|Study Start Date:||September 2012|
|Study Completion Date:||December 2015|
|Primary Completion Date:||September 2015 (Final data collection date for primary outcome measure)|
Experimental: Treatment Arm
Lenalidomide and re-induction chemotherapy
|Drug: Lenalidomide Drug: Mitoxantrone Drug: Etoposide Drug: Cytarabine|
After undergoing screening procedures to confirm that you are eligible to participate in the research study you will be admitted to the hospital. You will likely receive the majority of treatment on an inpatient basis. You will remain in the hospital for at least Days 4-8 and will be discharged at the discretion of your study doctor. It is likely that you will be hospitalized for several weeks due to the risk of infection after chemotherapy.
Since we are looking for the highest dose of the study drug that can be administered safely without severe or unmanageable side effects in participants that have relapsed or refractory AML, not everyone who participates in this research study will receive the same dose of the study drug. The dose you get will depend on the number of participants who have been enrolled in the study before you and how well they have tolerated their doses.
If you take part in this study you will be given a study drug-dosing calendar. There is only one cycle of treatment, which will be 28 days long. On Days 1 to 14 you will receive the lenalidomide orally. On Days 4-8 you will receive MEC chemotherapy: mitoxantrone by IV (intravenously, into your vein) over 30 minutes, etoposide by IV over one hour, and cytarabine by IV over one hour.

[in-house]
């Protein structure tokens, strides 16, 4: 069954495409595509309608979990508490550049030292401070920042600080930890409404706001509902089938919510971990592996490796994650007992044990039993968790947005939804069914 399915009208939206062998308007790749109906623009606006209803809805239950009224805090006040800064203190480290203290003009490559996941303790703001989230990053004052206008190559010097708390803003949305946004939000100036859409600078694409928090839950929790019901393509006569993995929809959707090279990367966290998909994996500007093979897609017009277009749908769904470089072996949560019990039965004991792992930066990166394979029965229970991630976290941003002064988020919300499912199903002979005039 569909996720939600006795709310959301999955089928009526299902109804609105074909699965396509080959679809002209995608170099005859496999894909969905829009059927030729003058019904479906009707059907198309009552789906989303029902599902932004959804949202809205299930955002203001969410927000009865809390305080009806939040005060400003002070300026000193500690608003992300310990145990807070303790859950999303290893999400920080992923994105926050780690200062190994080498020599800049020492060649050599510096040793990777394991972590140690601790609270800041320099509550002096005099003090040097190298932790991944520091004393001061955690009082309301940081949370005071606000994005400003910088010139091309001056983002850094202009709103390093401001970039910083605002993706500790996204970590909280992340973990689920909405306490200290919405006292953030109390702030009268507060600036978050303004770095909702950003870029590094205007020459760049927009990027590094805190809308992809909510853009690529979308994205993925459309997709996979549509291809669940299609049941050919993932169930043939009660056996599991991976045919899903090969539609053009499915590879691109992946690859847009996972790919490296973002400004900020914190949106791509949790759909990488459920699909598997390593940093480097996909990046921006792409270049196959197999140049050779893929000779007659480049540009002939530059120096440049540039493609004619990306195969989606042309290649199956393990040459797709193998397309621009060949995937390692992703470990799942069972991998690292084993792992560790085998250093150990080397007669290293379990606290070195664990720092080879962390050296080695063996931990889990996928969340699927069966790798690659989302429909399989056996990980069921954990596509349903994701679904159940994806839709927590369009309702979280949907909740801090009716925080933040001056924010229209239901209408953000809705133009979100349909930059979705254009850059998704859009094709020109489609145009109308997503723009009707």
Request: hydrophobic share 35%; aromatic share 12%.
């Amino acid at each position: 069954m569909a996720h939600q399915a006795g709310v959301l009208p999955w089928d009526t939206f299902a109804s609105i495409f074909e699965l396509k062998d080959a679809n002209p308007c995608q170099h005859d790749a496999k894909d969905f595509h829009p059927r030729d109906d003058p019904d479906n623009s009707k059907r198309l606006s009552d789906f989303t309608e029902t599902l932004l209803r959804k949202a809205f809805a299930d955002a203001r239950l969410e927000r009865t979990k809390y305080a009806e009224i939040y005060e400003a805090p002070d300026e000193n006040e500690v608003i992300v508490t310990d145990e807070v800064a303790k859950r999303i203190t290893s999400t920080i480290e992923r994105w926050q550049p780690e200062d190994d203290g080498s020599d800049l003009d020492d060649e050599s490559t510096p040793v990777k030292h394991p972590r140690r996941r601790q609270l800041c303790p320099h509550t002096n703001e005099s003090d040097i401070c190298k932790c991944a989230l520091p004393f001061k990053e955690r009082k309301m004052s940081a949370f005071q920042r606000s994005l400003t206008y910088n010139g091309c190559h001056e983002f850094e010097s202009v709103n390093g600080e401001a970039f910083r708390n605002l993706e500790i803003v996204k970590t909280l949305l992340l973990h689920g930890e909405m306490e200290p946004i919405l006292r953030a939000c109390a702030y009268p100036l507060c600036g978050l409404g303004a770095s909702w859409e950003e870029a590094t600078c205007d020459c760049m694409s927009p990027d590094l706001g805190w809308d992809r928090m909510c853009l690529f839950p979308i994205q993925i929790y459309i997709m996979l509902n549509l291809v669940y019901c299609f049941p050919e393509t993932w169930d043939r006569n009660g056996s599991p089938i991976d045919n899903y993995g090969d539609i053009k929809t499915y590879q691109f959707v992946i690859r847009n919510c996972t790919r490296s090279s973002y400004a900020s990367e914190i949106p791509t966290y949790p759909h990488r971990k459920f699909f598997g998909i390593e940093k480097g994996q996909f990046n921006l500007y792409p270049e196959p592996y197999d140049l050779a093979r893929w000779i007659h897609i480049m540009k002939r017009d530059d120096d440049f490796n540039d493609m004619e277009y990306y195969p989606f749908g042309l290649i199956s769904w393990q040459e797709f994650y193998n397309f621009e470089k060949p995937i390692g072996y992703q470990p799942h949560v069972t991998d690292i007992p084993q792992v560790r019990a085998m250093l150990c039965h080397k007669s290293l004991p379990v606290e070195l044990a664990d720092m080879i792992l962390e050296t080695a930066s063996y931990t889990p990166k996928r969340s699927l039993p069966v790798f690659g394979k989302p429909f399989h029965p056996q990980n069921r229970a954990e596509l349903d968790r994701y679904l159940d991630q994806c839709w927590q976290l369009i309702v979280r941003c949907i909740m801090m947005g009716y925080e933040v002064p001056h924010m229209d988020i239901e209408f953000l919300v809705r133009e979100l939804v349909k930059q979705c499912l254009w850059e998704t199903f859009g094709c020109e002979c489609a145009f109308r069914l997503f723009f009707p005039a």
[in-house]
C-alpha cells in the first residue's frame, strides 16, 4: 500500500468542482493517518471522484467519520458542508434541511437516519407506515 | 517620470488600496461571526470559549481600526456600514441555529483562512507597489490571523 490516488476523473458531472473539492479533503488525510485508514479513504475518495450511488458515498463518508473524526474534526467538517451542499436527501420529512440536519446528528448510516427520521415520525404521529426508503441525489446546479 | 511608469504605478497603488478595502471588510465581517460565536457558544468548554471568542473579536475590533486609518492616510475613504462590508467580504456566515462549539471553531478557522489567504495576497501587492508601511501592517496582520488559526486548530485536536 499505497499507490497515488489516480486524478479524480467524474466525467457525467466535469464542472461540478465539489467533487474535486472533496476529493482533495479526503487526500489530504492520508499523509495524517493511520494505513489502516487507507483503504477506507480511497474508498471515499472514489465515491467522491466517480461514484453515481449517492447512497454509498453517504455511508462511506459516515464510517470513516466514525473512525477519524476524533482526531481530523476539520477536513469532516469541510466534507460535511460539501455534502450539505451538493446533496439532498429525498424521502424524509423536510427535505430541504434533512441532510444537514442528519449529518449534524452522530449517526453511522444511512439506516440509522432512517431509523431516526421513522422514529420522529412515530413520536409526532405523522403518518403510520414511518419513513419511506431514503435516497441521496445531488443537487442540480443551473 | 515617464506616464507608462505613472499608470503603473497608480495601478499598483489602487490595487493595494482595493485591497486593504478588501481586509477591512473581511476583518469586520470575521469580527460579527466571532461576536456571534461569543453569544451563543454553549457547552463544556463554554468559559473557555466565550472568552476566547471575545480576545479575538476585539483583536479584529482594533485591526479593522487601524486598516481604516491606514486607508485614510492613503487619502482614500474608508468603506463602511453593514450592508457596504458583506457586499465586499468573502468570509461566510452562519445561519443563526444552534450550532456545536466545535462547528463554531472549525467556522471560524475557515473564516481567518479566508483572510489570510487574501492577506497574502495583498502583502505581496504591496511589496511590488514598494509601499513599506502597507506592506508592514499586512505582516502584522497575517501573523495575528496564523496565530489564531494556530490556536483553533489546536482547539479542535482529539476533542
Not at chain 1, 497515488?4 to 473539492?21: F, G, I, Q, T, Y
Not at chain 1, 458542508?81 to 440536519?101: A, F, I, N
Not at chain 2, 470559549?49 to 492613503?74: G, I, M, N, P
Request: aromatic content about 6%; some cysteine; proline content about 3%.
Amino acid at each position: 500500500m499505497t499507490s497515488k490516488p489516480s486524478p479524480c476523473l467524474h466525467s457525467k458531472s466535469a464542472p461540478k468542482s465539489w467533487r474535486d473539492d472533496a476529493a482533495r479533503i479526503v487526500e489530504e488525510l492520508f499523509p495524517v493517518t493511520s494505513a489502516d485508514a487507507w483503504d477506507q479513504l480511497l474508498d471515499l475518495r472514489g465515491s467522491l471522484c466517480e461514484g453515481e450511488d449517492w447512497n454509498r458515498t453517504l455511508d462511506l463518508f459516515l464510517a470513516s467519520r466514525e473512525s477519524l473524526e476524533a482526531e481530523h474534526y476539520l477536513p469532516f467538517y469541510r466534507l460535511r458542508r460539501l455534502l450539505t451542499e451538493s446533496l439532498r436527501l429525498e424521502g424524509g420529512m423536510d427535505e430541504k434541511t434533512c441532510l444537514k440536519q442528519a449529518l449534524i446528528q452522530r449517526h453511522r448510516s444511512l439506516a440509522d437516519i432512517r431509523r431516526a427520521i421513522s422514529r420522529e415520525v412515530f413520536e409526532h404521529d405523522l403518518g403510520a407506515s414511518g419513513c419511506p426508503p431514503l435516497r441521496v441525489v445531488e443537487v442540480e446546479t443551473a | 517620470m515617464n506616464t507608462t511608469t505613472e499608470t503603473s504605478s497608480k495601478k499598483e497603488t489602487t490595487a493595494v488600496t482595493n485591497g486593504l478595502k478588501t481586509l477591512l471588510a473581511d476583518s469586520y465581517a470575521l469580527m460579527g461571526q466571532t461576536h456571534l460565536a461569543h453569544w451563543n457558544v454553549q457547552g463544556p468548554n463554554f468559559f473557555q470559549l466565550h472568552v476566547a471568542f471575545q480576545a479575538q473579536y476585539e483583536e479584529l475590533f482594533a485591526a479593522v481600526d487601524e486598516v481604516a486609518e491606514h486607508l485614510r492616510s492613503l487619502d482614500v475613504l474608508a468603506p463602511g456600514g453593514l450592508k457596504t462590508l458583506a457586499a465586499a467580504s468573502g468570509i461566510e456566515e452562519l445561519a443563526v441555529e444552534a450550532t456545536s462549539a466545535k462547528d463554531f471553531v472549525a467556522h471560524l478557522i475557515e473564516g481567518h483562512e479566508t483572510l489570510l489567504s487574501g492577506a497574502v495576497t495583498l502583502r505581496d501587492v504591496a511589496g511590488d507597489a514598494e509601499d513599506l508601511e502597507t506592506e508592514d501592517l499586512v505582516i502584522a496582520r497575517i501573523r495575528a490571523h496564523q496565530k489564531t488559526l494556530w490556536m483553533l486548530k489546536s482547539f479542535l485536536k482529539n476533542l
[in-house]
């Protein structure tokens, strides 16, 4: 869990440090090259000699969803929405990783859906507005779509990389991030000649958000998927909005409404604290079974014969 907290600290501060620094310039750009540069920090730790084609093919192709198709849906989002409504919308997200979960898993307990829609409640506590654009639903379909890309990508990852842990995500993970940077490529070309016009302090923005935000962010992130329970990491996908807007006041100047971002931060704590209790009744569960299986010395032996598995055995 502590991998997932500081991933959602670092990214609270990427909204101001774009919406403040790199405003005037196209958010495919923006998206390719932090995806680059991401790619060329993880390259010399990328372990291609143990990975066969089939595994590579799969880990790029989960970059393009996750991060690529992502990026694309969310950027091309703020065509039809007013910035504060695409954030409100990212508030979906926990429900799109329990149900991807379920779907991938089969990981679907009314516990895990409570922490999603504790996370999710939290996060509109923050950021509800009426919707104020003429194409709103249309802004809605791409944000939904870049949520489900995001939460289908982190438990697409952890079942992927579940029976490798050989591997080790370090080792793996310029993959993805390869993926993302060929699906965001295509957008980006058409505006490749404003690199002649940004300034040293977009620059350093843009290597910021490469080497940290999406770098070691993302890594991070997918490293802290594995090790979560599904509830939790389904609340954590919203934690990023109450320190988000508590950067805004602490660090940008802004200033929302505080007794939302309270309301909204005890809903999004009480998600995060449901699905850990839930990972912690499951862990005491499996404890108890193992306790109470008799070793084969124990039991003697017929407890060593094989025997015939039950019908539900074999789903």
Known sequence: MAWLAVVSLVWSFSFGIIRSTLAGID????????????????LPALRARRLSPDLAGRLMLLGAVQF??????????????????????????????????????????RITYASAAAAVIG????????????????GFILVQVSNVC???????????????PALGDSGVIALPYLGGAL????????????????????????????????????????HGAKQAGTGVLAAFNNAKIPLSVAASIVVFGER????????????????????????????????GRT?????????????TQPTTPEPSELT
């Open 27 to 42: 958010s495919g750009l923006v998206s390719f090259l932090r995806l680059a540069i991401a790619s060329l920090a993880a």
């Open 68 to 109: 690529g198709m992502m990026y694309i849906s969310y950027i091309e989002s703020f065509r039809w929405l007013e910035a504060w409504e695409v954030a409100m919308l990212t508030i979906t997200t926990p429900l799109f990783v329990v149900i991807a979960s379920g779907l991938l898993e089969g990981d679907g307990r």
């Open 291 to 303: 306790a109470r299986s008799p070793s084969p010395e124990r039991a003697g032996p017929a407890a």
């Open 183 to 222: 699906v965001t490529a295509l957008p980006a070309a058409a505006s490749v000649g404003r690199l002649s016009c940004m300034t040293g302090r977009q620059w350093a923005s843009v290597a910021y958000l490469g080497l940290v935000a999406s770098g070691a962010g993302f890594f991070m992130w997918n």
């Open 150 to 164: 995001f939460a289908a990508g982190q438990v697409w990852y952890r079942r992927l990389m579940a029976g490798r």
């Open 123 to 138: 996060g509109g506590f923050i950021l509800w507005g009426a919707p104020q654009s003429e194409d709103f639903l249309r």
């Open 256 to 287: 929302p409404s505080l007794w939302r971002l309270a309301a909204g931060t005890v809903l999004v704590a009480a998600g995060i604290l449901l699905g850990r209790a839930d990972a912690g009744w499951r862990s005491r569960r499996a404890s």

While on this study you will undergo a daily clinical exam for the first 14 days and then at least twice a week until your blood counts recover from treatment. A clinical exam consists of a physical exam, questions about your general health and specific questions about any problems that you might be having and any medications you may be taking. You will also undergo blood tests to assess your disease status and determine organ function level. This will happen daily for the first 14 days and then at least once a week (but up to 3 times per week) until your blood counts recover from treatment. Additionally a bone marrow aspirate/biopsy will be completed at the time of blood cell count recovery (usually between days 20 and 45) and as clinically indicated.
We would like to keep track of your medical condition for up to two years after your final dose of study drug. We would like to do this by getting in touch with you every 6 months to see how you are doing. Keeping in touch with you and checking your condition helps us look at the long-term effects fo the research study.
Please refer to this study by its ClinicalTrials.gov identifier: NCT01681537
|United States, Massachusetts|
|Massachusetts General Hospital|
|Boston, Massachusetts, United States, 02114|
|Brigham and Women's Hospital|
|Boston, Massachusetts, United States, 02115|
|Dana-Farber Cancer Institute|
|Boston, Massachusetts, United States, 02115|
|Principal Investigator:||Karen Ballen, MD||Massachusetts General Hospital|